Nepal Prime Minister Khadga Prasad Sharma Oli dissolved Parliament last December terming his move to go for the early election is to seek a stable government and strengthening Nepal.
Addressed a massive public rally on Friday, Oli said
I dissolved the House because I was not allowed to work, and now it is in the hands of the people who want to rule.
Many protests, certain political leaders, activists and retired army officials have demanded that
the army should intervene to prevent the situation drifting towards chaos.
Answering such speculations, Oli said
There is no chance of a return of the monarchy,
Nepal was ruled by a monarch until 12 years ago. Nepal’s democracy has experienced many trials and travails over the past 2 decades.
The unilateral decision to dissolve the Parliament is a result of the long-simmering row within the ruling Nepal Communist Party (NCP).
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But one of the worrying factors is that on Feb 3, 2021, Oli has taken control over key constitutional bodies that are supposed to serve as checks and balances to the government. This has raised doubts about free and fair elections slated for April 30 and May 10.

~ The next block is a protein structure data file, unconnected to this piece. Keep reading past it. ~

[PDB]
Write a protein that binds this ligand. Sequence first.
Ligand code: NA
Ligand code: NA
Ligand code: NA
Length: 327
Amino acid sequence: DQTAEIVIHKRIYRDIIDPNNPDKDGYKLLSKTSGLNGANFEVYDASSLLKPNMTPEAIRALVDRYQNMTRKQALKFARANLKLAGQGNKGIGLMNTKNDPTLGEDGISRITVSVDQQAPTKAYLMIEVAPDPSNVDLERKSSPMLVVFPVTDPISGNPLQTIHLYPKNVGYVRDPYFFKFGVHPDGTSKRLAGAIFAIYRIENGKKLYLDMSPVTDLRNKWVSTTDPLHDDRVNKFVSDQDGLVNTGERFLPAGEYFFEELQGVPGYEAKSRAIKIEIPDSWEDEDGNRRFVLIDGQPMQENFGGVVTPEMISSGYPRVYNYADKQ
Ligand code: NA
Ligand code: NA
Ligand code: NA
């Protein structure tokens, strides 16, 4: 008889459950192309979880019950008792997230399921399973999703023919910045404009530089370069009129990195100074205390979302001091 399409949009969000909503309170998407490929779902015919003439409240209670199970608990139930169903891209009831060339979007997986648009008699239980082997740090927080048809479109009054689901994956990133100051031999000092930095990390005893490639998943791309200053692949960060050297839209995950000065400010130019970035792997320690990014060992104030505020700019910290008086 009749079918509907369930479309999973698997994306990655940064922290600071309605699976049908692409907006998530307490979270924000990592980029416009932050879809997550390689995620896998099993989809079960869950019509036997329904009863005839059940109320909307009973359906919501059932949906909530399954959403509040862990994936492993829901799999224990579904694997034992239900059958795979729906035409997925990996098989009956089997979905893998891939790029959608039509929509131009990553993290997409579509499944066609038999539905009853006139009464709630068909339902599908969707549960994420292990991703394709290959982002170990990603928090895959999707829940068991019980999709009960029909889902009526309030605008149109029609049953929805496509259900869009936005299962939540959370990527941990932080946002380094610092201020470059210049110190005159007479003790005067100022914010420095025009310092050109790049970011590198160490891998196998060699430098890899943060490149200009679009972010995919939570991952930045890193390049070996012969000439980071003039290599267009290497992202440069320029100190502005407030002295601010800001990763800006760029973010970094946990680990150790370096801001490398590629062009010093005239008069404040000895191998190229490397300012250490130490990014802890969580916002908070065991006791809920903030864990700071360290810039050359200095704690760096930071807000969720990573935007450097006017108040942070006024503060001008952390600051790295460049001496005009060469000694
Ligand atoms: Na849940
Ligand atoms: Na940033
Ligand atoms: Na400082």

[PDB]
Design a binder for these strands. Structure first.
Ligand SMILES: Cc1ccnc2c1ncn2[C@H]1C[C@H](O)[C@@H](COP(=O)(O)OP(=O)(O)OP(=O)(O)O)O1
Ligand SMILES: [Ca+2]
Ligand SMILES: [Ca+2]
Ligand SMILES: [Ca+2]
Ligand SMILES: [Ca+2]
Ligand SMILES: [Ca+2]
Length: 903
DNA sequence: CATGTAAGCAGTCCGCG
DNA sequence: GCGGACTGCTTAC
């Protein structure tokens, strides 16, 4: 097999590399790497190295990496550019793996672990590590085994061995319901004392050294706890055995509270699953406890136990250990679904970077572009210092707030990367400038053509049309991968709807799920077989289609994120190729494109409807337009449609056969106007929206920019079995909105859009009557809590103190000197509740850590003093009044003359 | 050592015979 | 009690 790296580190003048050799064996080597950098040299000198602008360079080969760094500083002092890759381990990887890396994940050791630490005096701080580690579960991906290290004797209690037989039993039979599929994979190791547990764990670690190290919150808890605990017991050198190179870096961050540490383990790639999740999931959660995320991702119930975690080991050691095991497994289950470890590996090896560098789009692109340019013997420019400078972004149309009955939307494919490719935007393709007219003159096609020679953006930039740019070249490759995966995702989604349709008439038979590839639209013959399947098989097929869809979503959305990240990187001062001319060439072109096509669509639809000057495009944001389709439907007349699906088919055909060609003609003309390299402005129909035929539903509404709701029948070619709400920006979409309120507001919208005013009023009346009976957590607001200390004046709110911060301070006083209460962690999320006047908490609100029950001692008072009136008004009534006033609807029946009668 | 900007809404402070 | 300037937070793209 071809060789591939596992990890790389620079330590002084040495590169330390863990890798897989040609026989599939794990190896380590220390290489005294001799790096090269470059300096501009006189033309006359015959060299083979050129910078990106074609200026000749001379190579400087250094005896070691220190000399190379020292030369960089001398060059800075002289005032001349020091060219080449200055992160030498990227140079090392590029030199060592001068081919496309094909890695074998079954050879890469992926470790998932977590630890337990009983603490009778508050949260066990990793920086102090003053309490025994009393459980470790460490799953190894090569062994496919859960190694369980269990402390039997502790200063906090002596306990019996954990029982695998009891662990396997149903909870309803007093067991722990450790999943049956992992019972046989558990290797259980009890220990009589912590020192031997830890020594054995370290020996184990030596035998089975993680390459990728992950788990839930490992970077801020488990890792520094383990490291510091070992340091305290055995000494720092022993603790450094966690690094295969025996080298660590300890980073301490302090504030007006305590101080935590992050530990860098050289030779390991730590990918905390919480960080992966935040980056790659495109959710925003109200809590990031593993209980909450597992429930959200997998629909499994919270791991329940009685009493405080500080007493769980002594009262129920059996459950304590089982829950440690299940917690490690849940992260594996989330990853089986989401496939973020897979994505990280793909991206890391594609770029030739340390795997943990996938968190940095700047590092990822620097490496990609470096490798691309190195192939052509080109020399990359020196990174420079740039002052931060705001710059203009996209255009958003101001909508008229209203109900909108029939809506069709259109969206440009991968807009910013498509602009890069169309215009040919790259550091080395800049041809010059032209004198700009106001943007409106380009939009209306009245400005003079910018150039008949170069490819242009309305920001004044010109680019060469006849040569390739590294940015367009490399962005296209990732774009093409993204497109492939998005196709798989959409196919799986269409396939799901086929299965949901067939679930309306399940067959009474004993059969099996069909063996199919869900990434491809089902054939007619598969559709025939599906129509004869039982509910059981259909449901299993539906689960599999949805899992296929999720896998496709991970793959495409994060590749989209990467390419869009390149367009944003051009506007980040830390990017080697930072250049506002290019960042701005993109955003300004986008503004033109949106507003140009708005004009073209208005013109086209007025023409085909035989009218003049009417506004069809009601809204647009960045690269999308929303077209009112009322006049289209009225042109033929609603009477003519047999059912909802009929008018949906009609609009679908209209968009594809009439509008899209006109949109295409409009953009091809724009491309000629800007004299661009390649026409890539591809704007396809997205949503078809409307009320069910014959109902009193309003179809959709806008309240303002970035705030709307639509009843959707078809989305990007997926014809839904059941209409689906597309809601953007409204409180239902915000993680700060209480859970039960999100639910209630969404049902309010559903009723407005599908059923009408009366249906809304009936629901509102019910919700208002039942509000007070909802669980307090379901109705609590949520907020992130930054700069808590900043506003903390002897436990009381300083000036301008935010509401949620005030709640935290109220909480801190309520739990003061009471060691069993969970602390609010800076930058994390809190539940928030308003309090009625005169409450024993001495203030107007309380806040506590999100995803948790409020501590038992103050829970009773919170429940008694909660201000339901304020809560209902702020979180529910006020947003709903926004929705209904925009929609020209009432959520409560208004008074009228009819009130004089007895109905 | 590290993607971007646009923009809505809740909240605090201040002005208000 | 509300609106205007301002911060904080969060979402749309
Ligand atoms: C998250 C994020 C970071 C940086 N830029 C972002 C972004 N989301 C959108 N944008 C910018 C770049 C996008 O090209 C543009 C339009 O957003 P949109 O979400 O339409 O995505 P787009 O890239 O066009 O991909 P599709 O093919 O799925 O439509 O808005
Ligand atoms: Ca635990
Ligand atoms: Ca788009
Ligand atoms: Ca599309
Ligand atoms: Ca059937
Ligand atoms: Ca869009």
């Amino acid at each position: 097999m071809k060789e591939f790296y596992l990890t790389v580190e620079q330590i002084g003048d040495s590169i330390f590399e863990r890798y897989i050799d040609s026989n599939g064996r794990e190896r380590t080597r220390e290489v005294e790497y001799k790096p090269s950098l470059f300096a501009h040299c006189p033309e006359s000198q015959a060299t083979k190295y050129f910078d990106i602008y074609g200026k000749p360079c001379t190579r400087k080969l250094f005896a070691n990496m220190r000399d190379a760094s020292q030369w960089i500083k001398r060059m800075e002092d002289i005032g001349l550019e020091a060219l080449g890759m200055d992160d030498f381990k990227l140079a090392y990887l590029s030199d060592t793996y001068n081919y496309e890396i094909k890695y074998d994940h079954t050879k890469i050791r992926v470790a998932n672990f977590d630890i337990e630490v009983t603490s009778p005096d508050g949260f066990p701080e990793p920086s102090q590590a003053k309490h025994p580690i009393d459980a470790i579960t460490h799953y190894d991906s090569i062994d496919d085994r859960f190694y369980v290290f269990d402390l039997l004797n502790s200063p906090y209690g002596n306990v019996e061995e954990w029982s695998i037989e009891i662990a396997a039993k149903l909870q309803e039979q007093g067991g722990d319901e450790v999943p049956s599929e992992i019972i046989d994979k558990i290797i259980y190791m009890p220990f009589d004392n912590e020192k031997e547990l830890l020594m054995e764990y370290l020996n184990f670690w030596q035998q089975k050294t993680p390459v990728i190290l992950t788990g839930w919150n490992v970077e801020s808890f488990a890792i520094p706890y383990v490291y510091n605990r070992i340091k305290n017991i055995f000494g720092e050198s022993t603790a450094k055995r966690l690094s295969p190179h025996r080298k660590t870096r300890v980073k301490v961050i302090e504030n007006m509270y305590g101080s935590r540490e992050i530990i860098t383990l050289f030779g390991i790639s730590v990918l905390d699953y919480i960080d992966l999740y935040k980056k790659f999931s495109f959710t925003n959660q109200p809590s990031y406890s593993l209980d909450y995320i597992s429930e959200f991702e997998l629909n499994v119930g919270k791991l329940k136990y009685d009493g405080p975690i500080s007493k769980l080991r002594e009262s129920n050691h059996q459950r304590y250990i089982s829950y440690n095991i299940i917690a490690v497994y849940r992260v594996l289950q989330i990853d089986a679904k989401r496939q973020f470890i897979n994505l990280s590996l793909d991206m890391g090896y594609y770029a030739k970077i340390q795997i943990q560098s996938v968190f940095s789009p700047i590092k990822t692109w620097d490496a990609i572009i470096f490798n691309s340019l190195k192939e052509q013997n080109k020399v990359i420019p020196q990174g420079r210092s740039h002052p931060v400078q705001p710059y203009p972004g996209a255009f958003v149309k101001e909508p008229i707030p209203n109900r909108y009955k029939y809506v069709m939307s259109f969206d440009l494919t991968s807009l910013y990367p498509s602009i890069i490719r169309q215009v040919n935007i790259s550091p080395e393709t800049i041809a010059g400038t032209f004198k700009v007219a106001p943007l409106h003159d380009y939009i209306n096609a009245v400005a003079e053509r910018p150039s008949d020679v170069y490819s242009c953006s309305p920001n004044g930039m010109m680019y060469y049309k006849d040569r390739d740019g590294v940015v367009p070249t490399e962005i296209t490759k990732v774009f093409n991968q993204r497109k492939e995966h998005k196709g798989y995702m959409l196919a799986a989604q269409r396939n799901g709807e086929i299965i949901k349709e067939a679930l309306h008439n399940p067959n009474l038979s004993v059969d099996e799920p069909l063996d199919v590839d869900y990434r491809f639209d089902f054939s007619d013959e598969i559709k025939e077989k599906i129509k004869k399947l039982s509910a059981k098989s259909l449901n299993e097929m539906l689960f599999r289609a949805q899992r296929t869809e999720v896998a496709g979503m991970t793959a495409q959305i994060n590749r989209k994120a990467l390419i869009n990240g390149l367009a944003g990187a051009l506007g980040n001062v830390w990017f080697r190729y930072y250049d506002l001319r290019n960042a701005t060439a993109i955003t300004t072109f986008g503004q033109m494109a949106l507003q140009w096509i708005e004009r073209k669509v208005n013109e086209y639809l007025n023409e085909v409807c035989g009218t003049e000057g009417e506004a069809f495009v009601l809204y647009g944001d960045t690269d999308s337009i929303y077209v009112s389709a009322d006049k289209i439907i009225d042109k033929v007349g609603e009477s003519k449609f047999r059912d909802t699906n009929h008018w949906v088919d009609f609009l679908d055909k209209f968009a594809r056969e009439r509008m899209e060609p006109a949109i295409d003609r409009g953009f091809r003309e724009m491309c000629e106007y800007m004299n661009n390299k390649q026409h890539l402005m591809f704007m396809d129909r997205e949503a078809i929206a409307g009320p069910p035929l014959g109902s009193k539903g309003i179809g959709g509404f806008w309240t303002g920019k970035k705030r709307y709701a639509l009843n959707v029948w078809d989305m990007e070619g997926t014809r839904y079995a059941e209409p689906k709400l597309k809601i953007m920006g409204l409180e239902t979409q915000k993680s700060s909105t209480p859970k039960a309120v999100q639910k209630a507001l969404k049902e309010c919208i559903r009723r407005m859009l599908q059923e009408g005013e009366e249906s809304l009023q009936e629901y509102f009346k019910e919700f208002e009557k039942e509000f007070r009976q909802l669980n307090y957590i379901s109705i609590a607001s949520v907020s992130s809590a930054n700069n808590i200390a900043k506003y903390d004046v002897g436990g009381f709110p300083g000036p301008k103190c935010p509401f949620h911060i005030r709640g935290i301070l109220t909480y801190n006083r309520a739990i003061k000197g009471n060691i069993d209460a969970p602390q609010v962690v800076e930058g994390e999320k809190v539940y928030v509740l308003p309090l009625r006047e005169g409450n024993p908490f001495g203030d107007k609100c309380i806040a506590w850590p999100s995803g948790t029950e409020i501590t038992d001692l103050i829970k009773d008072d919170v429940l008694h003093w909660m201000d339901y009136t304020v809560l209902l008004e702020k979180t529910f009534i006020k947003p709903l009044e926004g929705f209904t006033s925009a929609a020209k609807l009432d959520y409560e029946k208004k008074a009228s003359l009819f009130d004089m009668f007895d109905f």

But in 1990, democracy was established. Unfortunately, in 1996, it was challenged by a Maoist insurgency. Lastly, Nepali king ousted the democratic government in a royal coup in 2005.
Finally, in 2015, Nepal promulgated a controversial new constitution which adopted secularism and federalism.
Because of Oli’s decisions, NCP party itself went into crisis pushing the coalition government into doldrums which stepped towards instability. The NCP split in two. December 20, 2020, some of his own party’s NCP legislators sought an emergency session of Parliament to hold a vote of no-confidence against Oli. Instead of facing it, Oli dissolved the parliament unilaterally. However, his decision was challenged in the Supreme Court and the decision is pending.